2 | becoming the nanowrimo girl
When I went off to college in Fall of 2013, I was excited about majoring in English. I was already writing fairly consistently (most of it terrible and usually unfinished) and I couldn't wait to learn how to write well. At this point, I didn't count anything that I'd written as being a full book. I hoped to leave my time at GWU with at least a finished novel under my belt.
As a first semester freshman at Gardner-Webb University, I couldn't actually chosen my classes. The first semester is chosen for you by an academic advisor. It is a liberal arts school, so there are naturally a lot of required classes in many different areas of study. I was lucky enough to be placed in the gen ed English 101 class right away. This was fantastic news to me, since Craig Hall (home to the English Department) was where I would take most of my major courses.
For ENGL 101, I had Dr. Stuart. She is amazing and I have her to thank for at least seven of my eleven current novels. During her class that semester, we were required to participate in National Novel Writing Month (NaNoWriMo). For those of you who don't know, NaNoWriMo is a challenge where writer's spend the thirty days of November trying to write 50,000 words of a book. There's a website that tracks your progress and helps you map out your journey to success (50K!). For Dr. Stuart's class, we had to write at least 7,000 words. This was far less than than the official challenge, but was appropriate for a non-major course.
I remember going back back to my dorm room after receiving this assignment. I set up my NaNoWrimo account and proceeded to write almost 8,000 words in the first three days of November. This was a surprise to Dr. Stuart (who could see my progress on the site) and to me.
I fell in love with word count goals. NaNoWriMo pushed me to finish my first real draft of Autumn. I completed the challenge and won NaNoWriMo 2013 in seventeen days. This pushed me to complete the first book of the Autumn duology in December 2013 and begin work on the second book in January of 2014.
I was a virtually unknown person in the English Department at the time. I'd taken no upper level writing courses and had done nothing to work towards my major. I was simply a student in one of the required English basic classes. I think Dr. Stuart must have told other professors in the department what I was doing and it became kind of thing. For the first little while, before my professors got to know me personally, I was simply "the NaNoWriMo girl."
I think I'm more proud of that accomplishment now than I was then. I didn't know to be proud of it. At the time, I assumed most writers could breeze through 50,000 words just as quickly. I had a story in my heart and I sat and wrote it. Something about having a goal and deadline really pushed me to get the words on the page. I figured this was how most writers worked.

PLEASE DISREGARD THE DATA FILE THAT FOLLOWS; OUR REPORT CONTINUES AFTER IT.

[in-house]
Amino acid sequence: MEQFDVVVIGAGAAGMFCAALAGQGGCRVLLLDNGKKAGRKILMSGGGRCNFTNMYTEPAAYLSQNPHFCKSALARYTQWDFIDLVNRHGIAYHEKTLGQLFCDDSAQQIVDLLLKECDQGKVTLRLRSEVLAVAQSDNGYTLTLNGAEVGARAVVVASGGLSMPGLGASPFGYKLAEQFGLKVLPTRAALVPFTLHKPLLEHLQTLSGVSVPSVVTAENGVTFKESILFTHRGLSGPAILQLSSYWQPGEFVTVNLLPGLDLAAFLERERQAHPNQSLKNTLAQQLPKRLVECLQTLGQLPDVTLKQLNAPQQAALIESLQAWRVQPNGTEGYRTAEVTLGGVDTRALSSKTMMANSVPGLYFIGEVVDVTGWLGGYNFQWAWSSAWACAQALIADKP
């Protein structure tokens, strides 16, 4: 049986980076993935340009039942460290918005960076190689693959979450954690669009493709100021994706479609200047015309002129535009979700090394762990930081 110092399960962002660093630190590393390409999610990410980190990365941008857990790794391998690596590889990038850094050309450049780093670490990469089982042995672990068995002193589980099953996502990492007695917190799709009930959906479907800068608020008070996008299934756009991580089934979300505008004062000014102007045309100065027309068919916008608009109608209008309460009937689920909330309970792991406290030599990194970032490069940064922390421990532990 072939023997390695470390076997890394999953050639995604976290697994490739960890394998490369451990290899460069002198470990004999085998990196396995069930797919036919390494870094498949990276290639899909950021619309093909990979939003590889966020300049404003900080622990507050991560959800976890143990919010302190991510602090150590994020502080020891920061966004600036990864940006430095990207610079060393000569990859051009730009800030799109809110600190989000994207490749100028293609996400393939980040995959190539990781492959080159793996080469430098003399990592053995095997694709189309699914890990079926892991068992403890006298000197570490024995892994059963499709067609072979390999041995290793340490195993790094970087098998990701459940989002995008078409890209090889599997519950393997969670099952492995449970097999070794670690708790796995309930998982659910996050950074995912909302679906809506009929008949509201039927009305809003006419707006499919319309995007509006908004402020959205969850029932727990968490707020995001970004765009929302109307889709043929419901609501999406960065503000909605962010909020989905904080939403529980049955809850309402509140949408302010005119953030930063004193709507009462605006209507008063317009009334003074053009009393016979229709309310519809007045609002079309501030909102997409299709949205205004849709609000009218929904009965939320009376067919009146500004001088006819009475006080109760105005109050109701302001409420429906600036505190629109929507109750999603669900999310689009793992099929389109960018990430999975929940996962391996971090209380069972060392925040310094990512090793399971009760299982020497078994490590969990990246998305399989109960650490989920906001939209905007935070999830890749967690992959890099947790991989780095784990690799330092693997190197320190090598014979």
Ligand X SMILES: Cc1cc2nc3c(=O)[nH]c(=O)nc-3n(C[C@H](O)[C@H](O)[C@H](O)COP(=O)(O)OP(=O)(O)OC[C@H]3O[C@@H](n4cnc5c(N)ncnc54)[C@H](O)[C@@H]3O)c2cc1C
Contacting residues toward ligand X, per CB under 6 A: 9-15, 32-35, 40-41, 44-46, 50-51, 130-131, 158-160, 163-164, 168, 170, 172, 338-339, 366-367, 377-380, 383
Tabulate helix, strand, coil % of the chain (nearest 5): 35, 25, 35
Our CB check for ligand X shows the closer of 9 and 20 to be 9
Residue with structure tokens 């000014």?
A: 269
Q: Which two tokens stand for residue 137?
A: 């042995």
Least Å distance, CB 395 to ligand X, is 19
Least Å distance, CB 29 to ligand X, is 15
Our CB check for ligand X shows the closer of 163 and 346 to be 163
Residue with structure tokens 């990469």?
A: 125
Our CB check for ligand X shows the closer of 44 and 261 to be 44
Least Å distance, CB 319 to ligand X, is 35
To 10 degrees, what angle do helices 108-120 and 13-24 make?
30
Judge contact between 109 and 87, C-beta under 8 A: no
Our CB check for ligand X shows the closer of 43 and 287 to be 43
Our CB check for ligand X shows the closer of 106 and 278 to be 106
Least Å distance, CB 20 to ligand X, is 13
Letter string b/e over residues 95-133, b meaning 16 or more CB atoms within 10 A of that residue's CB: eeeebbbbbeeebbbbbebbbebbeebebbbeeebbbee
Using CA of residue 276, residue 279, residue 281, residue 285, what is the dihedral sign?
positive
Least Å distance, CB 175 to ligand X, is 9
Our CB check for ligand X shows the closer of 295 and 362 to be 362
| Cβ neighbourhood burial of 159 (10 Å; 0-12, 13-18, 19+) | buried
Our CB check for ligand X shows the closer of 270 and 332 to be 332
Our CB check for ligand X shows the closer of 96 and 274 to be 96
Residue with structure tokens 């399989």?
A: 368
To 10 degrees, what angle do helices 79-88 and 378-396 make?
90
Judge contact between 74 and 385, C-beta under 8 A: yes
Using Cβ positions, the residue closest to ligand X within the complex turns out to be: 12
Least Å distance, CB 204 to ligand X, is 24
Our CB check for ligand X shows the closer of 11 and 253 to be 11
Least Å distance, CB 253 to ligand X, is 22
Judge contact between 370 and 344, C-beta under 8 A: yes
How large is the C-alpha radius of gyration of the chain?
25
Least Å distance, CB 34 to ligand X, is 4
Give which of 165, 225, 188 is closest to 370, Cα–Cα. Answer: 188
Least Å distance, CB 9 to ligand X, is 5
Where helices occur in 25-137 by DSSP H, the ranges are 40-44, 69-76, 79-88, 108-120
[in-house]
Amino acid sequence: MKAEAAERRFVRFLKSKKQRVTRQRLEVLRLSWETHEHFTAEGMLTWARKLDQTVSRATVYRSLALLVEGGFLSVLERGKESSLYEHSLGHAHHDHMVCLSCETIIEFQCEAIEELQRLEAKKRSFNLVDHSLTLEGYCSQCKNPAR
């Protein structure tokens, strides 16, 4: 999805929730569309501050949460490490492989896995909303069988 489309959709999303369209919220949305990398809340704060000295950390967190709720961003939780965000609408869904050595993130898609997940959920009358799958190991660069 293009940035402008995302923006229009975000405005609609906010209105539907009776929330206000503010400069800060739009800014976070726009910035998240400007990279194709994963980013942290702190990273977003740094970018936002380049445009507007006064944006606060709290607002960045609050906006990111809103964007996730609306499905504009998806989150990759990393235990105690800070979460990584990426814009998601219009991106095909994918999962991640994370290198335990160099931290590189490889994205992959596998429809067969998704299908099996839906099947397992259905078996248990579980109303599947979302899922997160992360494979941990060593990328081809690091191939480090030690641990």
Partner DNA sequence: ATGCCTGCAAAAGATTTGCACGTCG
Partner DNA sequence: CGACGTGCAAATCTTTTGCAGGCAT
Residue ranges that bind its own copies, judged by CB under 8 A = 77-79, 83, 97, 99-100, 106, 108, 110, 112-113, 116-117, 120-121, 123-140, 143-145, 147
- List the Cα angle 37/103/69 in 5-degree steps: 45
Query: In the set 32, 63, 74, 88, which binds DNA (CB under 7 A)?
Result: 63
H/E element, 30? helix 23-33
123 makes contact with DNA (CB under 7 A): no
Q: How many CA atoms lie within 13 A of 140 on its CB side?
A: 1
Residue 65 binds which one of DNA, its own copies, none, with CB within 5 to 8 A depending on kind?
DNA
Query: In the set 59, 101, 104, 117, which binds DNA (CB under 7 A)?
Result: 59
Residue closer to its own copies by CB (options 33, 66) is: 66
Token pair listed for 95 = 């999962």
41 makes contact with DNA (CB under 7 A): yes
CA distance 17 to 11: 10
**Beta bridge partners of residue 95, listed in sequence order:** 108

NaNoWriMo is essentially a factory for first drafts. Your average novel is probably a little over double the challenged word count, so if you succeed, you end with at least half a first draft. I ended that challenge with almost 60K words written on Autumn and the whole second book loosely plotted out. This, in and of itself, began my love affair with word counts and short deadlines. I liked writing under pressure.
That was almost six years ago. Oh my gosh, I'm getting old.
Since then, I've written eleven novels. Seven of which were drafted during NaNoWriMo (November) or Camp NaNoWriMo (April & July). This challenge proved to be an effective way to get me started on a project. I find the beginning of books to be really difficult sometimes. NaNoWriMo doesn't leave time for stressing over perfection or publishability. You have to write and write quickly. This doesn't always lend itself to beautiful writing or perfect drafts, but, in my experience, rough drafts are typically shit shows anyway. At least the words are on the page. That is a massive victory in my eyes.
So, thank you to Dr. Stuart, who made every person in my gen ed English class write a novel for NaNoWriMo. I'm sure other people rolled their eyes or thought it was tedious, but that assignment truly changed my life. It helped me to find an outlet for my ideas. It forced me to put my imagination to work and get the words written. This is still one of my favorite writing tools and, if all goes as planned, I hope to participate in NaNo this November.
That first NaNoWriMo, my story blurb also won a professional cover during the Thirty Covers Thirty Days challenge. At the time, I was calling Autumn by a different name. It was still super cool to have a real graphic designer create a cover for my novel based only on the short blurb. I was very excited about it. CLICK HERE to see the cover and read my little blurb.